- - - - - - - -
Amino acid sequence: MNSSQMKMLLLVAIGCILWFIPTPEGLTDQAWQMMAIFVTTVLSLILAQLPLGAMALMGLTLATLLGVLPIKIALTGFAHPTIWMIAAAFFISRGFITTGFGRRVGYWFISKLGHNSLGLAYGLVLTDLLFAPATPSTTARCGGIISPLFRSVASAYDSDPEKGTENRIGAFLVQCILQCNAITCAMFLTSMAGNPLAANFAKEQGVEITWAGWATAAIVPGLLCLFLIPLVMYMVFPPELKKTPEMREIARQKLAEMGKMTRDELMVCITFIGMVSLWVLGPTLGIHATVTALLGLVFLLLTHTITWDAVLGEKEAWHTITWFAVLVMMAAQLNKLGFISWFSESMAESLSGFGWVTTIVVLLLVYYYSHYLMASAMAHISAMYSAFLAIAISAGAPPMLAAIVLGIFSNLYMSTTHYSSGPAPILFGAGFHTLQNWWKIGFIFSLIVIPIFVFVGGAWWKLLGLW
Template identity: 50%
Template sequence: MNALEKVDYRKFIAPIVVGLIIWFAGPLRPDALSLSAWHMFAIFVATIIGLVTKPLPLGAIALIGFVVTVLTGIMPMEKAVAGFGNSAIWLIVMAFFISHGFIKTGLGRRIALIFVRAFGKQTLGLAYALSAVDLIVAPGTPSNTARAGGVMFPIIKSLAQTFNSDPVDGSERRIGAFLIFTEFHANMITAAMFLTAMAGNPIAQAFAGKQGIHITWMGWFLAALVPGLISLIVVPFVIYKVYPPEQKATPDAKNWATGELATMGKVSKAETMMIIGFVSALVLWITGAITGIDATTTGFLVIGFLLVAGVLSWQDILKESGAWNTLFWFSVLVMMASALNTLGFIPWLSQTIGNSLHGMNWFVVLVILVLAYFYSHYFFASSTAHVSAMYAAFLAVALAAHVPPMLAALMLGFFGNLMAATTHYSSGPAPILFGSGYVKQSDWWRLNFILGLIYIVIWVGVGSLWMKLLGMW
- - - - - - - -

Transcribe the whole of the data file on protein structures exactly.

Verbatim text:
Amino acid sequence: MNSSQMKMLLLVAIGCILWFIPTPEGLTDQAWQMMAIFVTTVLSLILAQLPLGAMALMGLTLATLLGVLPIKIALTGFAHPTIWMIAAAFFISRGFITTGFGRRVGYWFISKLGHNSLGLAYGLVLTDLLFAPATPSTTARCGGIISPLFRSVASAYDSDPEKGTENRIGAFLVQCILQCNAITCAMFLTSMAGNPLAANFAKEQGVEITWAGWATAAIVPGLLCLFLIPLVMYMVFPPELKKTPEMREIARQKLAEMGKMTRDELMVCITFIGMVSLWVLGPTLGIHATVTALLGLVFLLLTHTITWDAVLGEKEAWHTITWFAVLVMMAAQLNKLGFISWFSESMAESLSGFGWVTTIVVLLLVYYYSHYLMASAMAHISAMYSAFLAIAISAGAPPMLAAIVLGIFSNLYMSTTHYSSGPAPILFGAGFHTLQNWWKIGFIFSLIVIPIFVFVGGAWWKLLGLW
Template identity: 50%
Template sequence: MNALEKVDYRKFIAPIVVGLIIWFAGPLRPDALSLSAWHMFAIFVATIIGLVTKPLPLGAIALIGFVVTVLTGIMPMEKAVAGFGNSAIWLIVMAFFISHGFIKTGLGRRIALIFVRAFGKQTLGLAYALSAVDLIVAPGTPSNTARAGGVMFPIIKSLAQTFNSDPVDGSERRIGAFLIFTEFHANMITAAMFLTAMAGNPIAQAFAGKQGIHITWMGWFLAALVPGLISLIVVPFVIYKVYPPEQKATPDAKNWATGELATMGKVSKAETMMIIGFVSALVLWITGAITGIDATTTGFLVIGFLLVAGVLSWQDILKESGAWNTLFWFSVLVMMASALNTLGFIPWLSQTIGNSLHGMNWFVVLVILVLAYFYSHYFFASSTAHVSAMYAAFLAVALAAHVPPMLAALMLGFFGNLMAATTHYSSGPAPILFGSGYVKQSDWWRLNFILGLIYIVIWVGVGSLWMKLLGMW